On the seller side of real estate transactions, I see RON making a shift towards a new and more convenient experience. The borrower side is probably heading in that direction as well, but from a settlement agent’s perspective, we’ll have to see how each of our lending partners adopts the concept of digital settlement, since it isn’t something we can control.
Then we have AI, or artificial intelligence, and machine learning, which are big ticket items beginning to play a role in the life cycle of the real estate transaction. They are still some time away, but it’s fascinating to read about all the work and projects already underway.
To help the readers understand the interplay a bit better, consider AI as the broader concept of machines being able to carry out tasks in a way that we would consider “smart.” Machine learning is a subset or current application of AI based around the idea of providing machines access to data and letting them ‘learn’ for themselves. Within our space, we are already seeing some of the large-scale real estate sites using AI for home or rental recommendations.
I agree with Dennis’s comments. At Fairway, the experience delivered to the consumer is critical, and we see settlement agents as a crucial component to ensuring that experience is positive, both now and into the future.
The mortgage industry is moving quite quickly. On the one hand, you have the proposed Uniform Residential Loan Application (URLA) changes that are happening, and on the other hand we see many different investors, programs, and products available, so it takes a lot of effort just to keep up with our market. Then factor in the Ginnie Mae offerings and the move toward digital transactions, and it’s clear that this is an exciting time to be in mortgage!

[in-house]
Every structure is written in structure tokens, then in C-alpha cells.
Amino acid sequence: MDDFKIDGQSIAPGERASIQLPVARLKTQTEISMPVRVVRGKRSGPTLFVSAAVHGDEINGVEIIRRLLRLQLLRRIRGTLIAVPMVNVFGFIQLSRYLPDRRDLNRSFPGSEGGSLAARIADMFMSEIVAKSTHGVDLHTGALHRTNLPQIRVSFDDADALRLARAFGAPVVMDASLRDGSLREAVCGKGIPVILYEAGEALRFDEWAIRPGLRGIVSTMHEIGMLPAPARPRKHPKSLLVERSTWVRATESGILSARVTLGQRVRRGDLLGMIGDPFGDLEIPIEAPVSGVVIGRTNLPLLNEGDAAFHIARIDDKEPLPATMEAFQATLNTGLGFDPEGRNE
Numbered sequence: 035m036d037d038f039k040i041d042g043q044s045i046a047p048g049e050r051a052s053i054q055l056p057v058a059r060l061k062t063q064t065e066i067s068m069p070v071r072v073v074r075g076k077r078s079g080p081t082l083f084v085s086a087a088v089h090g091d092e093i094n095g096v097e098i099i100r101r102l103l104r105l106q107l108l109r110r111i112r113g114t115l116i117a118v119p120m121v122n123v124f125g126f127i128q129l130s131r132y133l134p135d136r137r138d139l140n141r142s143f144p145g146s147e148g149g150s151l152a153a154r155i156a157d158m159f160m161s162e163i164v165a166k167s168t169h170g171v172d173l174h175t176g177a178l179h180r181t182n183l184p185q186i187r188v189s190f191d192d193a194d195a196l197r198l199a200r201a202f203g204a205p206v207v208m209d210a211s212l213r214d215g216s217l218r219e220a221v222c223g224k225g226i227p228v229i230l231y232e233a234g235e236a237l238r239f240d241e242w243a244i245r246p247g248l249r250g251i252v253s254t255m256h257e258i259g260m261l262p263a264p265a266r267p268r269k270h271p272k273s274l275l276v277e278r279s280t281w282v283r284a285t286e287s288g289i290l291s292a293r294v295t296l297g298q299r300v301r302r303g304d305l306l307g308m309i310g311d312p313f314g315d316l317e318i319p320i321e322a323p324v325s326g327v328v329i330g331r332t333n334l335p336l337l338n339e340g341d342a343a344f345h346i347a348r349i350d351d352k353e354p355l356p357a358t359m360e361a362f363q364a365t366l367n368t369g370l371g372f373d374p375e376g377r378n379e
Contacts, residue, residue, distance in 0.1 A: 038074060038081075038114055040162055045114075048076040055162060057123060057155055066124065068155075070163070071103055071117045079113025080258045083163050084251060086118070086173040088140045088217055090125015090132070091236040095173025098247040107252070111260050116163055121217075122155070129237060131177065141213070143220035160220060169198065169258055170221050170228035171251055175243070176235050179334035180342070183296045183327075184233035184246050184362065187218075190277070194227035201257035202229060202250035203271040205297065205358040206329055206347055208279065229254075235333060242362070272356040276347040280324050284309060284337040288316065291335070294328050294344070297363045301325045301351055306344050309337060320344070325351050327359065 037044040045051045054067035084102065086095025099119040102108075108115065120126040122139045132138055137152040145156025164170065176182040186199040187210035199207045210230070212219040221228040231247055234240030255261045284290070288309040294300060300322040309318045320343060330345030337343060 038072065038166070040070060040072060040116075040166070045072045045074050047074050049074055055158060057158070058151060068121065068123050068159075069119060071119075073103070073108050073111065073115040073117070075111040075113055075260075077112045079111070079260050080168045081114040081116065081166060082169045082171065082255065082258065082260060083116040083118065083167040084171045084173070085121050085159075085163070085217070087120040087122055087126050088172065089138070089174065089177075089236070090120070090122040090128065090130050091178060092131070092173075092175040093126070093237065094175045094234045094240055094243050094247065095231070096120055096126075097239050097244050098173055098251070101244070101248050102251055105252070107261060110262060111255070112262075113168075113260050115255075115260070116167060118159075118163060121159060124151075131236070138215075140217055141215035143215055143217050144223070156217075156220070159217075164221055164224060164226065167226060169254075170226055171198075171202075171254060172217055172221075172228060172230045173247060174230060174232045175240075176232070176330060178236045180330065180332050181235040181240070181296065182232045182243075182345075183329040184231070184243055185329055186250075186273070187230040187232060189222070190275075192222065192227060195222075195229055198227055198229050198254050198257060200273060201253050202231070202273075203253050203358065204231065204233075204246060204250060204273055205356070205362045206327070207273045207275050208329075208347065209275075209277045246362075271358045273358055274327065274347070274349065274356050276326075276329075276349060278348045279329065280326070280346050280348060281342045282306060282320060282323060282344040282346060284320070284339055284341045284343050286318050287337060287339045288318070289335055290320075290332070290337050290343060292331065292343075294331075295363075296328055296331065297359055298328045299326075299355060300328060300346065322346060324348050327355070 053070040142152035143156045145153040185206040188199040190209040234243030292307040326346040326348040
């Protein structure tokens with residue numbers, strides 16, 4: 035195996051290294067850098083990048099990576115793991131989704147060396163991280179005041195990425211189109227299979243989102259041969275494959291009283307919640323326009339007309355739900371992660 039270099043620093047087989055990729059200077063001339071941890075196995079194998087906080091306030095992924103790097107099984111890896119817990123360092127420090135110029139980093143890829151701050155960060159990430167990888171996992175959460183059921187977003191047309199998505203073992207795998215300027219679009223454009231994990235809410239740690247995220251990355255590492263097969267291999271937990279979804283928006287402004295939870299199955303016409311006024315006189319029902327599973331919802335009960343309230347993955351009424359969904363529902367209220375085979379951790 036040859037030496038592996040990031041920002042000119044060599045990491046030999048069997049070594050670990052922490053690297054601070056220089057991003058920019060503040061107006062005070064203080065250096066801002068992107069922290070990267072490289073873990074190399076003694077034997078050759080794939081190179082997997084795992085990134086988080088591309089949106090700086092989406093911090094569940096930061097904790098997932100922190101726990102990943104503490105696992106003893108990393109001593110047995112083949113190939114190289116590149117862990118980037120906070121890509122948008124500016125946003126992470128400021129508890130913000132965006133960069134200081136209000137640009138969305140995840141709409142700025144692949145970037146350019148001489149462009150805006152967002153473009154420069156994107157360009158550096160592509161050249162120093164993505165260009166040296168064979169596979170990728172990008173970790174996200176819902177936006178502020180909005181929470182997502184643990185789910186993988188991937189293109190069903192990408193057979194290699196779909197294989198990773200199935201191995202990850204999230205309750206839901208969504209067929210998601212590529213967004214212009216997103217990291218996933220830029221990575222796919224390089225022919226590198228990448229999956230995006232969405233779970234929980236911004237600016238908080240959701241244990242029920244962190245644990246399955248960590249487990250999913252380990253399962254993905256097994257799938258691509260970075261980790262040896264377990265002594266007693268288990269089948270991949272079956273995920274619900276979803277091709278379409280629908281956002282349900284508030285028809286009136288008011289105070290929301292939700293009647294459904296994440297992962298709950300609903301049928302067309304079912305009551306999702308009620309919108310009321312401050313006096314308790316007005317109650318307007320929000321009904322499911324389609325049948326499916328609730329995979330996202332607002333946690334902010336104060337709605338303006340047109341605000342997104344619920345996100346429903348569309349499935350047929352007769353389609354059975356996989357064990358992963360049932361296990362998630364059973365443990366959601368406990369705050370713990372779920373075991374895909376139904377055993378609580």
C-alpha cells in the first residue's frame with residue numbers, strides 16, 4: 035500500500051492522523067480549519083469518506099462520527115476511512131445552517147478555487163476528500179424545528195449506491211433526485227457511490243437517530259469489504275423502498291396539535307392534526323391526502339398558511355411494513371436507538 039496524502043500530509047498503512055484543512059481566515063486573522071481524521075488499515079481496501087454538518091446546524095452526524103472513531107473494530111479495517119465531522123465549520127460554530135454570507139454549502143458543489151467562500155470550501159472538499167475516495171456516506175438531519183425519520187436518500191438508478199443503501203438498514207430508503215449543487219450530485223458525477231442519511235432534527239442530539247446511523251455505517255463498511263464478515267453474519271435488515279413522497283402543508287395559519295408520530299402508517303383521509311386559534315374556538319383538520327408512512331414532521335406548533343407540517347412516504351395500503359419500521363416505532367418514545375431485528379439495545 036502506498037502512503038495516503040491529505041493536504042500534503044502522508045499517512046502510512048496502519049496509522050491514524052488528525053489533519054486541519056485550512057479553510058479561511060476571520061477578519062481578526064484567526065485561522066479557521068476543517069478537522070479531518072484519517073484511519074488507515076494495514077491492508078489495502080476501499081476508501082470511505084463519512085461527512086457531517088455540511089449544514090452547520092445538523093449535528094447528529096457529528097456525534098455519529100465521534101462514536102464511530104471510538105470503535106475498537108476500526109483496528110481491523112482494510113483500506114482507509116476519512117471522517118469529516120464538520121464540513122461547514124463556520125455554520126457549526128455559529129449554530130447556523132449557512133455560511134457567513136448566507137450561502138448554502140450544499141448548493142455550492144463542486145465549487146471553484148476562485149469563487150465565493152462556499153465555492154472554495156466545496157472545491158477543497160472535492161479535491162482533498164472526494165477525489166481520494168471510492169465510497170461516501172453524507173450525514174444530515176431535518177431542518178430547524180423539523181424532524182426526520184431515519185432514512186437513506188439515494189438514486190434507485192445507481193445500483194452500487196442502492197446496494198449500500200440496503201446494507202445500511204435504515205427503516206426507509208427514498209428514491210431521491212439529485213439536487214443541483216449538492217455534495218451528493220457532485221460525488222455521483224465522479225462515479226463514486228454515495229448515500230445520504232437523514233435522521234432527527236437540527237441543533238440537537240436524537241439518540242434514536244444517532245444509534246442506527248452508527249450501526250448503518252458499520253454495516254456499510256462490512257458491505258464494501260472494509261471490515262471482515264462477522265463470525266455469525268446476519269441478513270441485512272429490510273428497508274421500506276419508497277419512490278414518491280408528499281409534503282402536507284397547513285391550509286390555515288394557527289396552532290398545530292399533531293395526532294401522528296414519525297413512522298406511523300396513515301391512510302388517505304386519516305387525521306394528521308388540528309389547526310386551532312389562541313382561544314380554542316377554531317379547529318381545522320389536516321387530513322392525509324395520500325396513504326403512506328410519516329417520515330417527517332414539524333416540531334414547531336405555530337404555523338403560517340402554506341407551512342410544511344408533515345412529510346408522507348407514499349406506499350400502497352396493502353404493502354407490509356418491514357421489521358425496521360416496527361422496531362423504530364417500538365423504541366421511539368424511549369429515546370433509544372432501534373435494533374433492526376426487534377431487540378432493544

eOriginal: Where can others go to learn more about digital mortgages and lender and/or settlement agent best practices?
They’ve already found one resource, this blog article. Others worth visiting include:
Texas Welcomed More Than a Half-Million New Residents in 2018
The 2020 Texas Relocation Report released today by Texas REALTORS® shows the state ranked second in the nation for relocation activity in 2018, with 563,945 new residents moving to the state.
Texas eclipsed its 2017 total for new residents (524,511), and accounting for those moving out of state, saw a 78.1% increase in net new residents—from from 57,173 in 2017 to 101,805 residents in 2018.
“For the sixth year in a row, more than half a million people chose Texas as their new home,” said Cindi Bulla, 2020 chairman of Texas REALTORS®. “And why not? In addition to its business-friendly environment with no state income tax and abundance of jobs, land. and opportunity, Texas is known for its diverse, friendly spirit and culture.”
The top states for incoming residents to Texas were California (86,164), Florida (37,262), Louisiana (29,108), Oklahoma (24,590), and New York (21,509). Compared to 2017, the number of incoming residents from California increased 36.4% in 2018. Of the state’s new residents, 201,559 moved to Texas from outside of the country.
Texas saw 462,140 residents relocate out of state in 2018—the third-highest figure among U.S. states. California (37,810), Oklahoma (31,551), Colorado (26,930), Florida (24,197), and Louisiana (23,588) were the top destinations for those moving out of Texas.